PRISTINA, Serbia-Montenegro (AP) - Defense lawyers for Kosovo's former prime minister filed a motion with the U.N. war crimes court in The Hague requesting his temporary release, his legal team said in a statement Friday.
The request was presented on Thursday and the prosecution, which has charged Haradinaj with 37 counts of war crimes stemming from Kosovo's 1998-1999 war, has fourteen days to respond, said Michael O'Reilly, the legal team's coordinator.
The Netherlands-based court is expected to make a decision on the request after the prosecution's response, he said.
The defense team asking for Haradinaj to be released and allowed to return to Kosovo until his trial, for which no date has yet been set.
Haradinaj's "exceptional personal and political reputation is confirmed by a wealth of high-ranking international politicians, military officials, and diplomats in and outside of Kosovo, who are firmly of the view that he will honor all conditions imposed by the Trial Chamber," the statement said.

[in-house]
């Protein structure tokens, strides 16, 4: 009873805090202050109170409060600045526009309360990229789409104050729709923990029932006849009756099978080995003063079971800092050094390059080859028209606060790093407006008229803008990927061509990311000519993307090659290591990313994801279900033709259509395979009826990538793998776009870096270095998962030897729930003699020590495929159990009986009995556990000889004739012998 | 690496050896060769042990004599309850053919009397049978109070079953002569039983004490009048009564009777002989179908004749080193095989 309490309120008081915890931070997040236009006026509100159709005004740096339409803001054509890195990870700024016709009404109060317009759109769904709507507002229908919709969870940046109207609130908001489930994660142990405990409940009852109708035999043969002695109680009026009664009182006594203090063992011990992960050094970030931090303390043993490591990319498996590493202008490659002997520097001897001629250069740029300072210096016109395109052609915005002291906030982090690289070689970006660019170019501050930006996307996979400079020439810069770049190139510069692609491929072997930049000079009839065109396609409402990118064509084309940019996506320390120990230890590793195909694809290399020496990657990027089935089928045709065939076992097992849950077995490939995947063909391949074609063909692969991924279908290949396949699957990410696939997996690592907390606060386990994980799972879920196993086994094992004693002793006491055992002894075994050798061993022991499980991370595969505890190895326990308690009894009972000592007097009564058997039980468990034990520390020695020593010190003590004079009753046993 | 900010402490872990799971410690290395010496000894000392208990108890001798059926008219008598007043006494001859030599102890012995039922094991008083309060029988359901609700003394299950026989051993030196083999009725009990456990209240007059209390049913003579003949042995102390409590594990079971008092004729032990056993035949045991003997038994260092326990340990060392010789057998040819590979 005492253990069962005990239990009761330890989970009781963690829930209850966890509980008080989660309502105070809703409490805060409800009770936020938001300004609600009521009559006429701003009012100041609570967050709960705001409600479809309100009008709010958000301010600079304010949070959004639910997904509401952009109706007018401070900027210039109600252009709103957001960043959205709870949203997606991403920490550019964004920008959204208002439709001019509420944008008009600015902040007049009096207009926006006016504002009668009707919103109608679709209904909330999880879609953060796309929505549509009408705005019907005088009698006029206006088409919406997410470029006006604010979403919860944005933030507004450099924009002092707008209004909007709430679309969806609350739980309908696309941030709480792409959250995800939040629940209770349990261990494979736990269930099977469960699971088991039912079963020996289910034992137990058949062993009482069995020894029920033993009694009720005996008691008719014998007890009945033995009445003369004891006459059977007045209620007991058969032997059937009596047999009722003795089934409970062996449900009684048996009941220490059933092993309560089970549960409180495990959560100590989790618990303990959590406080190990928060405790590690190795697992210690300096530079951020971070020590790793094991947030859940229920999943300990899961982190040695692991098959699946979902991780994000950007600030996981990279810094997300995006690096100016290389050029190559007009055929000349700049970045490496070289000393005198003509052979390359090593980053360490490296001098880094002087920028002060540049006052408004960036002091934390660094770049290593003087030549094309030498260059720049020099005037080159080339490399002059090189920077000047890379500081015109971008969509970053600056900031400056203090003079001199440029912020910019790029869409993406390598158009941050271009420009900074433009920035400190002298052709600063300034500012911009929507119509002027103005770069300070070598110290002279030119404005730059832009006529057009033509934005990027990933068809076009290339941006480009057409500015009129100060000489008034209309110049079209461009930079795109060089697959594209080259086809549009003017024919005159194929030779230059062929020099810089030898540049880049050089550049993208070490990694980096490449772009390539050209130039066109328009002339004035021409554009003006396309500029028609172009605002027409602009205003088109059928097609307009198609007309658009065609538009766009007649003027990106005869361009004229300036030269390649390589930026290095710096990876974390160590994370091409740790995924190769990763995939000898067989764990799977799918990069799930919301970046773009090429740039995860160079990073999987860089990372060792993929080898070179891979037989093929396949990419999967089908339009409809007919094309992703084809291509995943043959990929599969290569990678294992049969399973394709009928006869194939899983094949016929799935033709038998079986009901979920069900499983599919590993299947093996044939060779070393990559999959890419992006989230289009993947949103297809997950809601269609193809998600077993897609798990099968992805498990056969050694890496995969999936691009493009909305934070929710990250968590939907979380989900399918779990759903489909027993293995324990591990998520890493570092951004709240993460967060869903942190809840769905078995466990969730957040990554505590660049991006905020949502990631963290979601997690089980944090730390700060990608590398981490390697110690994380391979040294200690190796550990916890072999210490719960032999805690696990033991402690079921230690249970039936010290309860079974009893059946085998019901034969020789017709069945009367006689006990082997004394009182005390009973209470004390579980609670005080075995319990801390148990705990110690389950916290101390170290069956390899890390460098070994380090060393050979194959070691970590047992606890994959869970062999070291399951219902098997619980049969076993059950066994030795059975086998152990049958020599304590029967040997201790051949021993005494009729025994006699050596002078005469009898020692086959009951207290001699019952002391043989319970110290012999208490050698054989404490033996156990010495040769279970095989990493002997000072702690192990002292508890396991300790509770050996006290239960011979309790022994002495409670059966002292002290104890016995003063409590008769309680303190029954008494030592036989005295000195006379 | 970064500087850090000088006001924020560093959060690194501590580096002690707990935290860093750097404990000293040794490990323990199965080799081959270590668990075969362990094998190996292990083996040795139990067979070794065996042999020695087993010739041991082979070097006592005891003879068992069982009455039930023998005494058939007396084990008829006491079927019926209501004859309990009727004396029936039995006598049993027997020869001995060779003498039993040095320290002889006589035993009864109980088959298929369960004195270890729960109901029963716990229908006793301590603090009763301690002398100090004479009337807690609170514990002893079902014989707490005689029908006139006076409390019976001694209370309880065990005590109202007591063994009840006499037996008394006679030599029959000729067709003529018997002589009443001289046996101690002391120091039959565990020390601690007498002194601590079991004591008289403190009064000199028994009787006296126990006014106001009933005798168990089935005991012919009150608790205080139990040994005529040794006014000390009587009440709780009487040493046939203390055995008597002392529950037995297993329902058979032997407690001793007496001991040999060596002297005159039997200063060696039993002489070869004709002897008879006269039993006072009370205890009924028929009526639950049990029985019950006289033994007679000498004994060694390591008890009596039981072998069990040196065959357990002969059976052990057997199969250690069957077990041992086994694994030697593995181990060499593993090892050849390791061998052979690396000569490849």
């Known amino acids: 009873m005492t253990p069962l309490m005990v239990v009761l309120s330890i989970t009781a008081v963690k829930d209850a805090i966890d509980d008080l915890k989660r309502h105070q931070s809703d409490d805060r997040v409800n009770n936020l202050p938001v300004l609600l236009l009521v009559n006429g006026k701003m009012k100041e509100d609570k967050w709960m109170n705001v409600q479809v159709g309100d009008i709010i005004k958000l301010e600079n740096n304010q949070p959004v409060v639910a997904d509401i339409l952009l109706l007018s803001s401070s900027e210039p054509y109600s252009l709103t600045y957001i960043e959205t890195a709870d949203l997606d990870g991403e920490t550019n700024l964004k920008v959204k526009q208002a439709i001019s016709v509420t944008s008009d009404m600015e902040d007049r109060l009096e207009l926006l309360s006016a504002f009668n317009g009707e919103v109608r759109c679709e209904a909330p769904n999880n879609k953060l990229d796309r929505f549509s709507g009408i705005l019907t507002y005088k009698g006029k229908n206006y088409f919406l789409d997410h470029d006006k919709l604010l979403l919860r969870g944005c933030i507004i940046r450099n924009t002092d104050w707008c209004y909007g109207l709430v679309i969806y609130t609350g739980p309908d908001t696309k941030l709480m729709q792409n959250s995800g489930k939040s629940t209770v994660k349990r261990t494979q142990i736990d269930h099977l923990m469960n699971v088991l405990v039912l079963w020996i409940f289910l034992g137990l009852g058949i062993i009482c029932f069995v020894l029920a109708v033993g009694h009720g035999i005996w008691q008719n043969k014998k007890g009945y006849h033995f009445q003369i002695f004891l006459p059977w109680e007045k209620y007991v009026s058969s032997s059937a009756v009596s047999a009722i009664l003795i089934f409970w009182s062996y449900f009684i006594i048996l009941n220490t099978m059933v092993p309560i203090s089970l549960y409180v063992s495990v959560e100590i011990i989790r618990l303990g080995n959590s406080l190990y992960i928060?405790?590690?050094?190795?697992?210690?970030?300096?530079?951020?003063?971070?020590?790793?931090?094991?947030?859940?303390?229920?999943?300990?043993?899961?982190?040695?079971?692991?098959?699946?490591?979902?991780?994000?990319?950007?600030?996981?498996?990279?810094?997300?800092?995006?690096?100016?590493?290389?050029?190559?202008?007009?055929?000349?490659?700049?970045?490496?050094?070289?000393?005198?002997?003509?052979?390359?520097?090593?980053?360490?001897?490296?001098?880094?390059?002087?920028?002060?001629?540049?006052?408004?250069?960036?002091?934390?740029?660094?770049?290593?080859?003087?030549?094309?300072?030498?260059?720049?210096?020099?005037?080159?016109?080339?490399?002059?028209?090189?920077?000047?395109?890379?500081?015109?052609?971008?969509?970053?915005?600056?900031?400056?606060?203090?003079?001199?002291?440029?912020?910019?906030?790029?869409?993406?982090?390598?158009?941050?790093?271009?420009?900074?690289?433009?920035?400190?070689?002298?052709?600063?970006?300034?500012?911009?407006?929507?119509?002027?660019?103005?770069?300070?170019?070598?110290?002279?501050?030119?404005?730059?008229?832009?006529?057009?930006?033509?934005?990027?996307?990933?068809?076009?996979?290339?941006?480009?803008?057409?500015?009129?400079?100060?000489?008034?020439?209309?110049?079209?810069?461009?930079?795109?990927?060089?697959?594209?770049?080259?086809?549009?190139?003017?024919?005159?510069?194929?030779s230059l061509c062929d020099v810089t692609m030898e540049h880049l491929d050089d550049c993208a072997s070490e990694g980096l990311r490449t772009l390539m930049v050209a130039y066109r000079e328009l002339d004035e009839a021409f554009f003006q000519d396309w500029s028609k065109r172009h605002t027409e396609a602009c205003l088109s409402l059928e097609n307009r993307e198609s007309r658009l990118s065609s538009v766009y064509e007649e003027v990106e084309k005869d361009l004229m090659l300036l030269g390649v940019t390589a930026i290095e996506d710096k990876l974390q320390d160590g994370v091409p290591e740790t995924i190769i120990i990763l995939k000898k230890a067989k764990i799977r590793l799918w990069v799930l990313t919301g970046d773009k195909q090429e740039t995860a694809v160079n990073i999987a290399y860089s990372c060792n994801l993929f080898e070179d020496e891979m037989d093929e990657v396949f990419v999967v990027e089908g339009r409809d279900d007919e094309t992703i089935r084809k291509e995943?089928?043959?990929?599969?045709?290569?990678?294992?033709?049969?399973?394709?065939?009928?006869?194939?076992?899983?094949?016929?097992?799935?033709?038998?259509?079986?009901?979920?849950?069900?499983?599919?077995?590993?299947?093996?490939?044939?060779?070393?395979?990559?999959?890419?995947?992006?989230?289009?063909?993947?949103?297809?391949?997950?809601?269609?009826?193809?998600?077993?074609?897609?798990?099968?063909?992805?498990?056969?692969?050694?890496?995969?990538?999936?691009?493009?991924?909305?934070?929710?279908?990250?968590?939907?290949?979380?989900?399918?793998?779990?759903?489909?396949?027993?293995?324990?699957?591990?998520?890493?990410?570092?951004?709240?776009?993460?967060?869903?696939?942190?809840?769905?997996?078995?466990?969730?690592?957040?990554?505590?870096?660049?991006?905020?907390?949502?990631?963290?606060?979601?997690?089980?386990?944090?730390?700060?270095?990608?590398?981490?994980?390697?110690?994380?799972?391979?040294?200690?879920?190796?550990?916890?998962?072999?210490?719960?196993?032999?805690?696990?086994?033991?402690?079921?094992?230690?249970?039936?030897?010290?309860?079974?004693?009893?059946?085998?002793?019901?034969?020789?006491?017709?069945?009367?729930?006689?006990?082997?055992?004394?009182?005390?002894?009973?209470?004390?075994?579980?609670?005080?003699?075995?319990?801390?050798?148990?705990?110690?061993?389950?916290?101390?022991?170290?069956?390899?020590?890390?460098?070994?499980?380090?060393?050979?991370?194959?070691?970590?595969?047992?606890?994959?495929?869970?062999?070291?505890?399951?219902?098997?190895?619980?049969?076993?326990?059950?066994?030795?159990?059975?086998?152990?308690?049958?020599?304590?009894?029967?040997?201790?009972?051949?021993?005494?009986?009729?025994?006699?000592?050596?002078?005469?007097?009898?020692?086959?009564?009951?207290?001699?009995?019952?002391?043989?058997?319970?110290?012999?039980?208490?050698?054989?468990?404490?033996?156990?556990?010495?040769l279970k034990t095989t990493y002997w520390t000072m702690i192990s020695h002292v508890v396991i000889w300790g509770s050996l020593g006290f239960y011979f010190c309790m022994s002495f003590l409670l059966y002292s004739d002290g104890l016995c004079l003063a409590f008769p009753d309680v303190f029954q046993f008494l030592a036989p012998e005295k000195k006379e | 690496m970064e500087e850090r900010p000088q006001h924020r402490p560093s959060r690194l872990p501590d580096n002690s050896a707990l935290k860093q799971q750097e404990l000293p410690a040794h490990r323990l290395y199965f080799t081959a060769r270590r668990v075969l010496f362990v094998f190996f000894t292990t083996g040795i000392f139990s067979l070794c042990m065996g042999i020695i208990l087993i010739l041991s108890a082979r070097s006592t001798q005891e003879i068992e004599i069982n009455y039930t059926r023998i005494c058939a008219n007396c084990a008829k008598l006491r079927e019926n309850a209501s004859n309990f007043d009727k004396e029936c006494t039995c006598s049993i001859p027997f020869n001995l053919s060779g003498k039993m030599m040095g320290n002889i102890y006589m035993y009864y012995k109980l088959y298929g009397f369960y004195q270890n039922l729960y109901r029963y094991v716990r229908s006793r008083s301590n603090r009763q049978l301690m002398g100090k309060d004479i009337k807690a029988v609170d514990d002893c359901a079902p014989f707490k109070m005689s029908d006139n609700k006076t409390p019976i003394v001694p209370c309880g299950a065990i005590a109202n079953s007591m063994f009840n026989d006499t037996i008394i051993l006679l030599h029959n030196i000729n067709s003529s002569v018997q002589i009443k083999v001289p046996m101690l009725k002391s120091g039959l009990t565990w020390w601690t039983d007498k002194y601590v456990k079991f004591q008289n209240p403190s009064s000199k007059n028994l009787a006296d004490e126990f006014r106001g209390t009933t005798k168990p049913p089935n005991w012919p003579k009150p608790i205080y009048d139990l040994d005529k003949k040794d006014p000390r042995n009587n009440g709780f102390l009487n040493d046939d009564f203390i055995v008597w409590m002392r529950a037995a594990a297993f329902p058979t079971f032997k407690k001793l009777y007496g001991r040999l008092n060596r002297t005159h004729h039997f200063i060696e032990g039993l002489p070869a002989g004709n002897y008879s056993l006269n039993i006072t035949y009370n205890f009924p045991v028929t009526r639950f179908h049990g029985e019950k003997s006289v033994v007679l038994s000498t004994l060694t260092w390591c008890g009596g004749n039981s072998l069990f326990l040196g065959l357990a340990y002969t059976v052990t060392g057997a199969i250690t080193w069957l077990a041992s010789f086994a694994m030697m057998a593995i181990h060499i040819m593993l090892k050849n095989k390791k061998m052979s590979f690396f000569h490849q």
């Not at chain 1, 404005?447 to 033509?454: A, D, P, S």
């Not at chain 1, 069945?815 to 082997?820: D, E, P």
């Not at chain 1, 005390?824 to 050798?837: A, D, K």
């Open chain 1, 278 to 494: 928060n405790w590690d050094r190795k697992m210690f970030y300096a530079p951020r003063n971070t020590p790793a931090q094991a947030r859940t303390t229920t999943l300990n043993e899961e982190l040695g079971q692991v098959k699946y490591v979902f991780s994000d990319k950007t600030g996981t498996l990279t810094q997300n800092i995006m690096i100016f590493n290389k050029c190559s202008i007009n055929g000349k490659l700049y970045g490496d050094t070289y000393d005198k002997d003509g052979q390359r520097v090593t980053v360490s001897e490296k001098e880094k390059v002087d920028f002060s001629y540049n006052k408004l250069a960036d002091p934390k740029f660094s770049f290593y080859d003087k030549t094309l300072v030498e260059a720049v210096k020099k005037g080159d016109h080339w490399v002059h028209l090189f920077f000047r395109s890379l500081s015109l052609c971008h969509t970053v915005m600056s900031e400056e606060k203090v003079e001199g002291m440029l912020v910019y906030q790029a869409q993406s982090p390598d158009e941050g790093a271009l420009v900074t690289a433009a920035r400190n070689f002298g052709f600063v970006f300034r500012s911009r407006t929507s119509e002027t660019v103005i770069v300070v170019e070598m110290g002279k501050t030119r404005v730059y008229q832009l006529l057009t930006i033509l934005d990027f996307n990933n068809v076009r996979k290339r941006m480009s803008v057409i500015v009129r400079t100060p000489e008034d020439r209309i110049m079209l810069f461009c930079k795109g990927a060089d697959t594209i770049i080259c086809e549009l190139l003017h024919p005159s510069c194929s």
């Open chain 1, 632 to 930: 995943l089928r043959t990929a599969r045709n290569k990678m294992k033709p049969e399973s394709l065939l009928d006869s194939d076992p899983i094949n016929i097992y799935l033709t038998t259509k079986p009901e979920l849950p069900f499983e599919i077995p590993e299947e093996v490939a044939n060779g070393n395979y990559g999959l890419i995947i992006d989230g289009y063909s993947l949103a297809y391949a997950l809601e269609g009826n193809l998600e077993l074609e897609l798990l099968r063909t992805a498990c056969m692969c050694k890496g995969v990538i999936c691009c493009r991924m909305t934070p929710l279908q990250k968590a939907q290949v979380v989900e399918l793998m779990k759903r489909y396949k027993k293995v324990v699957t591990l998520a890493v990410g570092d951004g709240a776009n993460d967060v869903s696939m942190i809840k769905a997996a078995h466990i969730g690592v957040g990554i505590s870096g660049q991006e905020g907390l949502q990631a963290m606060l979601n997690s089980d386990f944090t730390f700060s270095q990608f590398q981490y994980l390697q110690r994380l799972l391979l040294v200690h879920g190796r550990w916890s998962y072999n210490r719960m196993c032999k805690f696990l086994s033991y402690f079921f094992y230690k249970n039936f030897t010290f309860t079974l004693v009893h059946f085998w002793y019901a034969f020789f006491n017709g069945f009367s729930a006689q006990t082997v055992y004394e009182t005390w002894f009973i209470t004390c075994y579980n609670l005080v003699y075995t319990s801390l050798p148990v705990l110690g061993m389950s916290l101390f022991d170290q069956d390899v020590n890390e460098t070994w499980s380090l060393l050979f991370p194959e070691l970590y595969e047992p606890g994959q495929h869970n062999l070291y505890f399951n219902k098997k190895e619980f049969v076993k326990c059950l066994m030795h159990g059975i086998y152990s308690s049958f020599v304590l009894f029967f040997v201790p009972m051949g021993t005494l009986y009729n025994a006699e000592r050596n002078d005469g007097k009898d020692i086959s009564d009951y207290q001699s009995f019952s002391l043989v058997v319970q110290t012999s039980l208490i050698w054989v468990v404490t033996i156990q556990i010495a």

"Given Mr. Haradinaj's position, the circumstances of his surrender, and his recent period of provisional release, there can be no basis whatsoever to believe that he will not return for his trial and fully comply with all of the Trial Chamber's orders."
The U.N. war crimes court indicted Haradinaj, 36, on March 8. He resigned as the province's prime minister and surrendered to the Netherlands-based tribunal the next day.
He has pleaded not guilty to 37 counts of war crimes allegedly committed in 1998, several months before NATO's air campaign forced Serbian troops to withdraw from Kosovo and end a crackdown on ethnic Albanians.
The former prime minister was a commander of the main ethnic Albanian rebel group battling Serb troops for independence during the 1998-99 war.
He is accused of leading a criminal plan to persecute, murder, rape and abuse Serbs and Gypsies in the ethnic Albanian-dominated province, and of participating in beatings and torture, including the abuse of ethnic Albanian civilians believed to have collaborated with Serbs.
Haradinaj was temporarily released to attend his brother's funeral last week, but was not permitted to talk to witnesses or the media while out of U.N. custody.